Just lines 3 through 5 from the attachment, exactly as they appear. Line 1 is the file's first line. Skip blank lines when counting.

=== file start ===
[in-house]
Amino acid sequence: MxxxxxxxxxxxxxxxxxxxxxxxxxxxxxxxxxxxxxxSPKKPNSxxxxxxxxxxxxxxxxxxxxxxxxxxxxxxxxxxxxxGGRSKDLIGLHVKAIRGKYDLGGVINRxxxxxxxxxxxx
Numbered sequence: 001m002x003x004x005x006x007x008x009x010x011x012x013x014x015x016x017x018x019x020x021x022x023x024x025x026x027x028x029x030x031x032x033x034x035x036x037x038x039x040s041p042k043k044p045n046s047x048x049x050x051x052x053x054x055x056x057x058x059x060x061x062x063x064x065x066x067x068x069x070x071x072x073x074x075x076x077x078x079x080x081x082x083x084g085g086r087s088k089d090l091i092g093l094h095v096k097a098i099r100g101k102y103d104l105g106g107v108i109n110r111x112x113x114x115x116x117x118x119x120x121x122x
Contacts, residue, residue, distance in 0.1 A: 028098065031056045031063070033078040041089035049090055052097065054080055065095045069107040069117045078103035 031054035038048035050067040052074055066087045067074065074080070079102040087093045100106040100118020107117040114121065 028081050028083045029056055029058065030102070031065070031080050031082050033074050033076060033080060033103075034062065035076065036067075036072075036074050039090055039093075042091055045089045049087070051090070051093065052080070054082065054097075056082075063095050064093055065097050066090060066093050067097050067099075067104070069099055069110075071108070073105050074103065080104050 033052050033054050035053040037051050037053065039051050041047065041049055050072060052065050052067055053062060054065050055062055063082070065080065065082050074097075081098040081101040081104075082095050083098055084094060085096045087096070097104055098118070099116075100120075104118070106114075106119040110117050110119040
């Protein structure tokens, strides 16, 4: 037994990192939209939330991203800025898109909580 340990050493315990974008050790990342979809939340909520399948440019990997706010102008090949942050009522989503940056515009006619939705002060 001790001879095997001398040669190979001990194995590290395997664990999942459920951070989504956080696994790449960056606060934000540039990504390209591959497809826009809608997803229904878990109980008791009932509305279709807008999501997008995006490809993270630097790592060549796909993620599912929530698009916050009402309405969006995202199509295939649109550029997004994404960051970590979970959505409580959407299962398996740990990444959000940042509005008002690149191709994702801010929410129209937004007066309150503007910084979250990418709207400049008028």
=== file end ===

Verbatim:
Numbered sequence: 001m002x003x004x005x006x007x008x009x010x011x012x013x014x015x016x017x018x019x020x021x022x023x024x025x026x027x028x029x030x031x032x033x034x035x036x037x038x039x040s041p042k043k044p045n046s047x048x049x050x051x052x053x054x055x056x057x058x059x060x061x062x063x064x065x066x067x068x069x070x071x072x073x074x075x076x077x078x079x080x081x082x083x084g085g086r087s088k089d090l091i092g093l094h095v096k097a098i099r100g101k102y103d104l105g106g107v108i109n110r111x112x113x114x115x116x117x118x119x120x121x122x
Contacts, residue, residue, distance in 0.1 A: 028098065031056045031063070033078040041089035049090055052097065054080055065095045069107040069117045078103035 031054035038048035050067040052074055066087045067074065074080070079102040087093045100106040100118020107117040114121065 028081050028083045029056055029058065030102070031065070031080050031082050033074050033076060033080060033103075034062065035076065036067075036072075036074050039090055039093075042091055045089045049087070051090070051093065052080070054082065054097075056082075063095050064093055065097050066090060066093050067097050067099075067104070069099055069110075071108070073105050074103065080104050 033052050033054050035053040037051050037053065039051050041047065041049055050072060052065050052067055053062060054065050055062055063082070065080065065082050074097075081098040081101040081104075082095050083098055084094060085096045087096070097104055098118070099116075100120075104118070106114075106119040110117050110119040
């Protein structure tokens, strides 16, 4: 037994990192939209939330991203800025898109909580 340990050493315990974008050790990342979809939340909520399948440019990997706010102008090949942050009522989503940056515009006619939705002060 001790001879095997001398040669190979001990194995590290395997664990999942459920951070989504956080696994790449960056606060934000540039990504390209591959497809826009809608997803229904878990109980008791009932509305279709807008999501997008995006490809993270630097790592060549796909993620599912929530698009916050009402309405969006995202199509295939649109550029997004994404960051970590979970959505409580959407299962398996740990990444959000940042509005008002690149191709994702801010929410129209937004007066309150503007910084979250990418709207400049008028």